Fotograf Magazine

Mathias Poledna


When asked to define the film he was working on at the time for the catalogue of Modernologias, Mathias Poledna described it as being “A kind of choreography of objects that traces the outlines of and transitions between, typology, historicity, abstraction, historical documentation and an aesthetic of commerce.” The afore-mentioned choreography was embodied in Double Old Fashion (2009) by circular shots of a set of drinking utensils designed by Adolf Loos and manufactured from 1929 onwards by the Viennese firm J. and L. Lobmeyr. These glass tumblers, with the bottom decorated in a cross-cut diamond-pattern rotate in the film so as to accentuate the reduction of form derived from the basic shape of the cylinder as well as the visual effect evoked by specific lighting. As the camera slowly moves closer, the transparent surface of the glass is transfigured into a spectacle of light, where the visible and the invisible collapse into one another and where the repetition of regular rotation creates a pulsating motion of reflections gliding along the surface of the glass. The mere use of extreme close-up in Poledna’s film turns the 1920s-1930s Modernist purism into 1980s New Wave glamour. This reading is supported by the visual materials that Poledna has selected for the exhibition invitation and poster, which draw on that period’s edition of the UK music magazine Melody Maker. The figure on the poster appears as a fashionably dressed man of the 1920s and 1930s, but it is in fact Kevin Rowland, the singer of the band Dexys Midnight Runners, who at the time wished to return to a “pure and sober” line, and in an ad from August 17, 1985, presented himself photographed in a single-breasted suit and tie. He wears the same suit in the video of This Is What She’s Like, as he walks by glass-plated skyscrapers, where the camera for a moment captures him with the same rotating movement that Poledna employs to shoot the Loos glass design; in the last shot of the video he is shown from above in a “musical” crane shot – a device Poledna also uses in the last shot of his own musical film, A Village by the Sea (2011).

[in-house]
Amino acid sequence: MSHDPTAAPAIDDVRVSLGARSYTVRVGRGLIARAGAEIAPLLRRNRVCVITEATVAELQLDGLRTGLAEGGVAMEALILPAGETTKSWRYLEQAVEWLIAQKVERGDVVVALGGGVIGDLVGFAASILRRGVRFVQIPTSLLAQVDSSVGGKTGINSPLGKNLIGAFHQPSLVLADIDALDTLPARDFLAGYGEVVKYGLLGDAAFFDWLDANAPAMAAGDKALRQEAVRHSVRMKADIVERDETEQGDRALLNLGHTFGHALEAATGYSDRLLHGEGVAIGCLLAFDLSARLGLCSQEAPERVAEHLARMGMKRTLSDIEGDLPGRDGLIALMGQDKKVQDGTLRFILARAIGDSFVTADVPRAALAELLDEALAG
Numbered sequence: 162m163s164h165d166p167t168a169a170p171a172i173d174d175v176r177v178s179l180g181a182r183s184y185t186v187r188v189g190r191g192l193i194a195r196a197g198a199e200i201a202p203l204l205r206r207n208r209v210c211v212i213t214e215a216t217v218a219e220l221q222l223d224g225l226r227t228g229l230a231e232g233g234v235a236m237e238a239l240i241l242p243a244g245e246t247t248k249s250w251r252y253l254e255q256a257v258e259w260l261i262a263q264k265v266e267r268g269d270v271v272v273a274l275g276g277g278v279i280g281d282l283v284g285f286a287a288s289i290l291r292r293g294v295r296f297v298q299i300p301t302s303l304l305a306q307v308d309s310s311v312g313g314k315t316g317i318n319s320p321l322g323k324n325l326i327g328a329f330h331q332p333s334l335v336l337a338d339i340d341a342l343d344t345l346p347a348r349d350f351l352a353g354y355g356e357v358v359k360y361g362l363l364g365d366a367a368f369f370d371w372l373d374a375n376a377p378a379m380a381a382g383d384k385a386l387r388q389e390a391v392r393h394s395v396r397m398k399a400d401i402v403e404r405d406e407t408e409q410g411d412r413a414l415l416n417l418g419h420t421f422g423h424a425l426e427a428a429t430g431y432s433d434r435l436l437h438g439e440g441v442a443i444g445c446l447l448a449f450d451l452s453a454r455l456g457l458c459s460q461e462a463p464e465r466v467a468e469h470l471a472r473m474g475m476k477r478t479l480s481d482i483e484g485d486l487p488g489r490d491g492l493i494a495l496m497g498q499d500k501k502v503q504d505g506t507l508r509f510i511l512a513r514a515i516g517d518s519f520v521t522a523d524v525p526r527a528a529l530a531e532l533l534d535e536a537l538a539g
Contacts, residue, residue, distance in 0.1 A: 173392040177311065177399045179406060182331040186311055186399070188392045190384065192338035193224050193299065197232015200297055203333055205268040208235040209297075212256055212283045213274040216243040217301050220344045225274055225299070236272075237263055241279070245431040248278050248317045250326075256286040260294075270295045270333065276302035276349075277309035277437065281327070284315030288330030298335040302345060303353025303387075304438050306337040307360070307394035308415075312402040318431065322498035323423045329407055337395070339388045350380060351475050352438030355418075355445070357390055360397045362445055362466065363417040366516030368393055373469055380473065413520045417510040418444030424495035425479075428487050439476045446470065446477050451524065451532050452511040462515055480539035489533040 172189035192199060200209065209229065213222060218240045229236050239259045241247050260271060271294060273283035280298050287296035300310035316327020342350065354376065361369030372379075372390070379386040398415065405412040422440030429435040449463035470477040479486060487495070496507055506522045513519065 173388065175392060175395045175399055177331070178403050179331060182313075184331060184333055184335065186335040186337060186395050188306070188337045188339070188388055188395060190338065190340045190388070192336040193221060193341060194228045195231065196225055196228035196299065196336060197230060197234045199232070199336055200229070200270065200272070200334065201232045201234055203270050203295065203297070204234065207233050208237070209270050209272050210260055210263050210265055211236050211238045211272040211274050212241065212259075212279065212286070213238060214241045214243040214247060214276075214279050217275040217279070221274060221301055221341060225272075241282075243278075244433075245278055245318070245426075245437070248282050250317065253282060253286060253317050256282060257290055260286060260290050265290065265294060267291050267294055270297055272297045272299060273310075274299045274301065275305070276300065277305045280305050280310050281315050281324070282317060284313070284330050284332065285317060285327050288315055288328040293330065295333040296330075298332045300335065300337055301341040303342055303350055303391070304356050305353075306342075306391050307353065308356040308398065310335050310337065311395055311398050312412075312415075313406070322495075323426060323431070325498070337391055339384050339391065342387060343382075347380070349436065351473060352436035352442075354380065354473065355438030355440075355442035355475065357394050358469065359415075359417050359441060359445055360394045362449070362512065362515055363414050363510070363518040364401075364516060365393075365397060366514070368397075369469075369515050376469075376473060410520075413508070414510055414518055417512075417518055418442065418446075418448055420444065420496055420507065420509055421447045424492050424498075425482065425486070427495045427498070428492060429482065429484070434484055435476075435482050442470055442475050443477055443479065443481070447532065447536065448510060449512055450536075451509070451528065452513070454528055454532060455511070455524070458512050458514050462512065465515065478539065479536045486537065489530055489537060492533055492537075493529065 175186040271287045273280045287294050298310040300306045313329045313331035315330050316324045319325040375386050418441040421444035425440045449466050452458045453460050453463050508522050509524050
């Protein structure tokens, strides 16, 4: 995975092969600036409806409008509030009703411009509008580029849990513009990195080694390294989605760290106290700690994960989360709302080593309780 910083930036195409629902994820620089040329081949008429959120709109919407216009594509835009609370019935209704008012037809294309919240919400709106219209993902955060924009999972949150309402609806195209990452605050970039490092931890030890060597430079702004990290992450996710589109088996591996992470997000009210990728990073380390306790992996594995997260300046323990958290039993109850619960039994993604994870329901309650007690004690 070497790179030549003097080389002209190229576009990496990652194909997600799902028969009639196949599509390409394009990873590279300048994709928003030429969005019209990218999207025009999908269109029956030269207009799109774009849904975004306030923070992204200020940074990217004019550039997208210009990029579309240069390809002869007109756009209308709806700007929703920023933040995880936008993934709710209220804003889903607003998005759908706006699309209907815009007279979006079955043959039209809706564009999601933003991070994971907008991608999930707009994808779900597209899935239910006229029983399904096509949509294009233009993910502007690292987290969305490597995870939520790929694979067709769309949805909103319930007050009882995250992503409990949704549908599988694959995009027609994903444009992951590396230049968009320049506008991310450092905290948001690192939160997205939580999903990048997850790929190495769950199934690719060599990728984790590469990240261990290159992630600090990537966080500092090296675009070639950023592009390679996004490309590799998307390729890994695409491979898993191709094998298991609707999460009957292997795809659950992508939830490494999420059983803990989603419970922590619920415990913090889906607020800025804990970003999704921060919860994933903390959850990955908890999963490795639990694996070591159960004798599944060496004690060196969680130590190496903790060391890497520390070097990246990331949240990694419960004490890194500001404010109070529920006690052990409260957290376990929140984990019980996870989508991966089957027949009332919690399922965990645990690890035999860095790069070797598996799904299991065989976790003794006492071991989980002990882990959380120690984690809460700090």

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#19 Film